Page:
by Jacob Swiger
Here's a look at what some of Triangle Offense's contributors are thinking about the bracket's Final Four, champion, possible sleepers and disappointments.
Final Four: Louisville, Connecticut, Pittsburgh and North Carolina
More so than most seasons, this year most of the national contenders excel either on offense or defense, but not both. Last season, Kansas and Memphis were exceptional at both facets of the game, but no team has demonstrated that kind of dominance this season. So, I hedged. UNC and Pittsburgh are Nos. 1 and 2 on offense according to Pomeroy statistics, and Louisville and UConn are Nos. 2 and 3 on defense.
The Panthers have the mark if a championship team. They have power offense, rebounding, shot creation from the wing and loads of toughness as proved against tough Big East competition.
Sleeper: West Virginia
The Mountaineers failed when they stepped up to the Big East elite, but they defend very well and have improved gradually on offense. I think they will exploit Kansas' lack of wing scoring and have a pretty good shot to beat Michigan State, should those teams meet in the final 16.
I know, they have Pomeroy's No. 1 defense. But where are the big victories? This is not the same club that was loaded with NBA talent like last season, and if they weren't that good offensively in Conference USA, how are they going to score enough points against the big boys in the NCAAs? Pomeroy needs Memphis to do well, because as his No. 1 overall team (Sagarin has Memphis No. 6) his credibility may take a hit if the Tigers fall early.
Final Four: Villanova, North Carolina, Kansas and Connecticut
After digesting the bracket for a few days and collecting the press releases on the most famous toe in America -- Ty Lawson's toe in case you were under a rock -- I've settled on these four teams. Villanova, Kansas and a healthy North Carolina team all have strong guard play and experienced NCAA coaches, which is a winning formula in the tournament. Connecticut, on the other hand, makes it to the Final Four on mere athleticism in a weak region. Hasheem Thabeet makes the Huskies so good defensively that he should beat down the rest of the region if he doesn't foul out, and I'm not sure how likely that is considering it took Syracuse four overtimes to get the big fellow out.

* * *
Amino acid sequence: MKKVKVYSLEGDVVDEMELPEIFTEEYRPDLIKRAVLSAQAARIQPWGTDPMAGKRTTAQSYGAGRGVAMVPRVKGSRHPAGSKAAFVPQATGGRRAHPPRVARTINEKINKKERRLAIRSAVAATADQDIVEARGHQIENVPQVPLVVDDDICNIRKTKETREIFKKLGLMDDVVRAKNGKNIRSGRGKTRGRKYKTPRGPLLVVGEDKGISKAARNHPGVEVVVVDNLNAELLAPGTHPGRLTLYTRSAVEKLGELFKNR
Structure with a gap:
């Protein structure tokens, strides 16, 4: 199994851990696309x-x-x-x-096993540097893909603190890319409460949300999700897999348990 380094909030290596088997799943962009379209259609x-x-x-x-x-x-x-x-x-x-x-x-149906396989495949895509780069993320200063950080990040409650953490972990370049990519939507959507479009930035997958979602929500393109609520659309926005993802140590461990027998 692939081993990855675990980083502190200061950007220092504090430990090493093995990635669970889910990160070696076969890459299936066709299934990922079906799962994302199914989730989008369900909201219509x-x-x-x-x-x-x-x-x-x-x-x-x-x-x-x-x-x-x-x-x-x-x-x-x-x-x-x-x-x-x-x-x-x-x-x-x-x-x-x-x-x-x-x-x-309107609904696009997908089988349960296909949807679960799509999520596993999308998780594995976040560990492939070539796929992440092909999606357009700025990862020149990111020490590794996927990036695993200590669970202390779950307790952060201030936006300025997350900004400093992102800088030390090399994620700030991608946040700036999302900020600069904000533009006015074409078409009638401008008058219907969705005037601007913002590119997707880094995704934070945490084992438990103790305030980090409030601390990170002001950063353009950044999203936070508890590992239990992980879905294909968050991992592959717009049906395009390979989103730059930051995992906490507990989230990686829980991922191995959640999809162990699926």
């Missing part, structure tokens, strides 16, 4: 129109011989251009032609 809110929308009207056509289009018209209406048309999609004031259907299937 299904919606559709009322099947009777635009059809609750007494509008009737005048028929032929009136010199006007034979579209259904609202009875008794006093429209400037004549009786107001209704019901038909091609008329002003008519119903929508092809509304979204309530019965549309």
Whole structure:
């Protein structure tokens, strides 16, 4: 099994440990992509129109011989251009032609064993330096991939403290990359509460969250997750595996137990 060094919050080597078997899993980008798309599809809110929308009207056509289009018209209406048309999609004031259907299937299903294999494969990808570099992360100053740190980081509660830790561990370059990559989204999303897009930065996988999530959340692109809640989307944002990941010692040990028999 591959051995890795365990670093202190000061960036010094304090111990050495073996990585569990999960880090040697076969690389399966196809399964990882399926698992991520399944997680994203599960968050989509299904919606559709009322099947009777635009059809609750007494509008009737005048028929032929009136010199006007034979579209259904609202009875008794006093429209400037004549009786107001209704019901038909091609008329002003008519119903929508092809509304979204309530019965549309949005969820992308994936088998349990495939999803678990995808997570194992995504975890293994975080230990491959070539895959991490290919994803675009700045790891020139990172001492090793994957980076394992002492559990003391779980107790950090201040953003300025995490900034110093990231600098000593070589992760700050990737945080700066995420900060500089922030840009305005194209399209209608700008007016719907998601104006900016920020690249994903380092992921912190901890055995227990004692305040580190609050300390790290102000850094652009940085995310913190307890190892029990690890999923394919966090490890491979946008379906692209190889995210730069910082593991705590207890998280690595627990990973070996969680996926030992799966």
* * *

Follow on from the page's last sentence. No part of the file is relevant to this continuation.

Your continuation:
Champion: North Carolina
With news today that Lawson will most certainly miss the opening round against Radford, it's tough to put UNC at the top line, but if he returns for the rest of the tournament, there isn't a more talented or capable team. The Tar Heels have all the pieces -- excellent 3-point shooting, experienced guard play, a strong interior presence and an experienced coach. Plus, in my bracket I have the Tar Heels beating the Jayhawks for the title ... can you tell I love irony in sports?
Based on the region and Maryland's matchups, the Terps should beat Memphis on the back of another astounding performance from Greivis Vasquez. But that's as far a sleeper will go in my bracket as no team seeded higher than fourth makes it to the elite eight. Yes, I'm all chalk just like the President.
Busts: Memphis and Oklahoma
All this talk about Memphis proving themselves in the NCAA tournament flat out spells bust to me. John Calipari loves to talk about how he must have three pros on his current team, which means they will all be tossing up shots for their draft status. As for Oklahoma, playing against a mentally tougher ACC or Big East opponent will do the Sooners in early.
Final Four: Louisville, Maryland, North Carolina and Pittsburgh
Champion: North Carolina
I'm rooting for Greivis Vasquez to be this year's Stephen Curry and to carry the Terps much farther than conventional wisdom predicts. As Coach K noted in a recent press conference, Gary Williams' team has played seven games against previous No. 1 [Duke, Wake and UNC] teams throughout the year and won a few. There's no reason they can't dragon-slay Memphis, then, in the second round.